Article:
What's the big deal about a bunch of women acting like guys on stage? The brouhaha—and the difference between drag on MTV and a Drag King performance— is that there's more to being a Drag King than sporting a pompadour or leering at the big-breasted babe in the front row. Madonna and Hilary Swank, for example, aren't any threat to the straight white males at the top of the power pyramid in American society so long as the trousers eventually come off to reveal a feminine, heterosexual woman.
Drag Kings can't make such promises: Even if a Drag King agrees to shave the goatee or unstrap the strap-on, the threat remains that s/he very well might refuse to be penetrated, in turn making those at the top of the pyramid—god forbid—penetrable.
The Royal Family
Just as clowns can frighten young children, so Drag Kings' masculinities can disturb some members of the queer community. Nationally, women-to-men transsexuals have complained that Drag Kings' performances trivialize the daily struggle they endure on the rough road to manhood. Locally, some lesbians have frowned upon the misogyny and homophobia in Seattle Drag Kings' performances. A performer in addition to a show organizer, Johnston believes the scene should be a "celebration of gender and difference," not a mere imitation of sexist views and values. Local Drag King Dick (of the Dick & Tyler duo, based on the show in Tim Allen's sitcom Home Improvement), however, claims that the offended need to "lighten up a little bit" and remember that even before politics, Drag King performances are "just entertainment." Similarly, Blum warns that Drag Kings are an act and somewhat of a joke, and audiences should "expect to be offended."
Conversely, seriousness hasn't come so easily to Seattle Drag Kings. Blum admits that the local scene is still quite amateurish and asserts, "Anyone who wants to do it should try it." She maintains that the scene is "not a clique," and she'd love to see Drag King workshops teach community members the art of applying facial hair and strutting like a stud. Likewise, Johnston would prefer the scene nurse inclusiveness rather than ego.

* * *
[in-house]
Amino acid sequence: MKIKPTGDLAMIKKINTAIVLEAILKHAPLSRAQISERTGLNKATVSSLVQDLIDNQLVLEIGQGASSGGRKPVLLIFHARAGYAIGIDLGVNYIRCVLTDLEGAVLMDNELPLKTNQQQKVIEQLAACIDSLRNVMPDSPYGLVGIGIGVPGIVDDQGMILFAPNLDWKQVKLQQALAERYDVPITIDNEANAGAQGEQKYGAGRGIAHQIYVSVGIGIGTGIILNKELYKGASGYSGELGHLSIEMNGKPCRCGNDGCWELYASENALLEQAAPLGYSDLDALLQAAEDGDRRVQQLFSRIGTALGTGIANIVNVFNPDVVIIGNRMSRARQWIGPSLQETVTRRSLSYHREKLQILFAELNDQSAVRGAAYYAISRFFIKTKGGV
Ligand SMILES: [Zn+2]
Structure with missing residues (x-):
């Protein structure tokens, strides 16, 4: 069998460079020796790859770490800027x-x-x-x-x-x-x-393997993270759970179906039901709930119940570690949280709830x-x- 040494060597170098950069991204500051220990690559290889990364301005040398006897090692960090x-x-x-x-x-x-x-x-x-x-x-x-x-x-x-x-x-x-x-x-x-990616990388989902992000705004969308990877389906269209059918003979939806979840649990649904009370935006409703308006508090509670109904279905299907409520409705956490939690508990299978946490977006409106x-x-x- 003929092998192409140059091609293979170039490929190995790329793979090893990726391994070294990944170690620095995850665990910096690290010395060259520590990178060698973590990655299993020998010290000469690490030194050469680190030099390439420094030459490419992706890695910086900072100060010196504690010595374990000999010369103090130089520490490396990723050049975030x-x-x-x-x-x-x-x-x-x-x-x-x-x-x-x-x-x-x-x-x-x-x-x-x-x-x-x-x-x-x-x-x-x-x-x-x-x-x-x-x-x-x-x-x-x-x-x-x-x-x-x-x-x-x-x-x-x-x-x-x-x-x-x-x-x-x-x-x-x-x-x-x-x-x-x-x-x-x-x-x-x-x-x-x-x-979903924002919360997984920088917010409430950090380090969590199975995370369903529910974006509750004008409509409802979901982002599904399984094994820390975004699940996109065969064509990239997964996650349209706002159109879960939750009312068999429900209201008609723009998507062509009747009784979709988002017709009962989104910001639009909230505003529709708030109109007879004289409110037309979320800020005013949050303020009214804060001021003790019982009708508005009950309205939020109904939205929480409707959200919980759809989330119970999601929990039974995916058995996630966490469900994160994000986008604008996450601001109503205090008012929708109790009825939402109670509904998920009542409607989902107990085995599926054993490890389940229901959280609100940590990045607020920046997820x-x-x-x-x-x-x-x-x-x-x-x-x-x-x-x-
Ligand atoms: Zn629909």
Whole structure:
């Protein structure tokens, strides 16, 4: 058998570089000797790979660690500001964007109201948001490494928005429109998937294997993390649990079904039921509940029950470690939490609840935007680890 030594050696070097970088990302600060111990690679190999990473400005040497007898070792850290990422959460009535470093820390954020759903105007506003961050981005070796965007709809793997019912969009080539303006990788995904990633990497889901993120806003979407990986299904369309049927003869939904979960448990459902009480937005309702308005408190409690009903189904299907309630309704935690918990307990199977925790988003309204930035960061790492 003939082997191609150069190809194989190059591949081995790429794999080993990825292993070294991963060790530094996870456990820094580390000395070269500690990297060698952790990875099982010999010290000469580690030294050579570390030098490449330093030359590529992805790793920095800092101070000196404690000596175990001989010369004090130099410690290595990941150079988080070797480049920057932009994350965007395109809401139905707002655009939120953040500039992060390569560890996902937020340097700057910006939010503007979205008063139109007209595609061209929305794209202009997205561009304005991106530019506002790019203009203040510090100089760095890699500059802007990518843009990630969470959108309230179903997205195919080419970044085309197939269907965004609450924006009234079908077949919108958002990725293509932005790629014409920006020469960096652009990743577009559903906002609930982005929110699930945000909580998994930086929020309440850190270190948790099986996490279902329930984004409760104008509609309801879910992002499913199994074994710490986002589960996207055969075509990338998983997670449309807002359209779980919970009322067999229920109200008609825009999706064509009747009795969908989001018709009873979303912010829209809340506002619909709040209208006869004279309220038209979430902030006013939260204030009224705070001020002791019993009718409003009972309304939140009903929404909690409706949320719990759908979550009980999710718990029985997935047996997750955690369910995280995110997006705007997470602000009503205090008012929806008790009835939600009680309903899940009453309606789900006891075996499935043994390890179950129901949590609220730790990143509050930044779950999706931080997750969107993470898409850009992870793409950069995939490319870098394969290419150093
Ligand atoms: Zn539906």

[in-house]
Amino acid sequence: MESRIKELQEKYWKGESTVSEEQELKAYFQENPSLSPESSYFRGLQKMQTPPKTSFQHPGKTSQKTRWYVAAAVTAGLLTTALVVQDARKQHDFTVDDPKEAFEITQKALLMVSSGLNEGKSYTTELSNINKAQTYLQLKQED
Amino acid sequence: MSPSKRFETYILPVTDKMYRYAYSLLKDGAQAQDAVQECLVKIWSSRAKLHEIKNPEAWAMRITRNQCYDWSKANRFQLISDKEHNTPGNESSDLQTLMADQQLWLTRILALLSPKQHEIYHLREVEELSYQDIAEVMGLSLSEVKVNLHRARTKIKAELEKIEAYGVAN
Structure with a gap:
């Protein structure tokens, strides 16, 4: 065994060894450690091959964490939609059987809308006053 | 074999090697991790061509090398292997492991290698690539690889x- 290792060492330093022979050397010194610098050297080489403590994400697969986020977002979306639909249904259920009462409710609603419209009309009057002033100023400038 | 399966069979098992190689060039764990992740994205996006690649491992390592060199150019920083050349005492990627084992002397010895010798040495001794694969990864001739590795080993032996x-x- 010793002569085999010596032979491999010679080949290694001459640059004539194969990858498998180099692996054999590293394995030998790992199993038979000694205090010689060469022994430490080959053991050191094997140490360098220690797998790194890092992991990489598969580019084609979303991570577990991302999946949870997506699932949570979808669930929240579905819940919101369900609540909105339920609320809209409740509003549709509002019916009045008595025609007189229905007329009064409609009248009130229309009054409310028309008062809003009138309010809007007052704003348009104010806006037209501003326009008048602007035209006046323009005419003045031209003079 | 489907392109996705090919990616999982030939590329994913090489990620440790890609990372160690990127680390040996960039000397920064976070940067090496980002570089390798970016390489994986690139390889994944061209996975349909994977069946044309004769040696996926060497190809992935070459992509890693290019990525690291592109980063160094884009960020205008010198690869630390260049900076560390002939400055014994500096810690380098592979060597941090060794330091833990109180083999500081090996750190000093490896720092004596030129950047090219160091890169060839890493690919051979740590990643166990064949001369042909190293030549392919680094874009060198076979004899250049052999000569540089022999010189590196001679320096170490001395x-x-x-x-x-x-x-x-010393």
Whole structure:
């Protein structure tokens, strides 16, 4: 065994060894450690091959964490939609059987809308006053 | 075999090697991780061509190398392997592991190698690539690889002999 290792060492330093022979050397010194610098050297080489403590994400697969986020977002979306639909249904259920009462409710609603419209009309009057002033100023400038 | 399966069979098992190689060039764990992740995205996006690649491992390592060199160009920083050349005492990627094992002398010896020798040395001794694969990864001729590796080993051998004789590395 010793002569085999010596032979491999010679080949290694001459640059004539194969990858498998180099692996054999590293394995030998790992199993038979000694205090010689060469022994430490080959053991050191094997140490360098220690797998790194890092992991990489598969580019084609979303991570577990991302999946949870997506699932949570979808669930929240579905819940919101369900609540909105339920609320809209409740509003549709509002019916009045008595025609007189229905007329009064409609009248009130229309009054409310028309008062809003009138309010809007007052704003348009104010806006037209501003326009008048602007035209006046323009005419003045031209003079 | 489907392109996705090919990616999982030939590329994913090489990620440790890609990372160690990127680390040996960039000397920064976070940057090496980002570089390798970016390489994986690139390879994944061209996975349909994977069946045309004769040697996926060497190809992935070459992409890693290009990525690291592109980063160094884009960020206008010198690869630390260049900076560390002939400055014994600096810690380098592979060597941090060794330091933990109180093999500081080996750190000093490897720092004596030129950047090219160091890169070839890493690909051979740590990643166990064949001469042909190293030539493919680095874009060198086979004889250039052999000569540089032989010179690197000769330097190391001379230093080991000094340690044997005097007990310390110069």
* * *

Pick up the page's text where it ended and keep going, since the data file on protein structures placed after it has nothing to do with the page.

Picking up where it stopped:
Dick & Tyler, on the other hand, wish performers would spend more time honing their skills. Though local Drag Kings may have the sexuality and choreography down pat, their personalities and attitudes can't match those found in more metropolitan scenes. Dick mentions that Seattle's drag queens "really put a lot of themselves into it," while the city's Drag Kings lack in swaggering cockiness. Like Blum and Johnston, Dick & Tyler don't want to bar newcomers from the scene, but they do hope it transforms into something that's "less about just being on stage and more about performing and cultivating a professional Drag King identity."
While drag queens can kick up their high heels in spaces like Foxes, Neighbours, and ARO.space, Drag Kings, for the most part, have been restricted to—yet nourished by—Re-bar. With a little more maturation and presence, however, Seattle Drag Kings shouldn't have a problem filling out their britches as well as other venues. As Blum says, "The more visibility we have, the bigger it will get."
The next Drag King show will be held as part of Home Alive's Awareness Week at ARO.space on Wed 7/12; call 720-0606 for more information.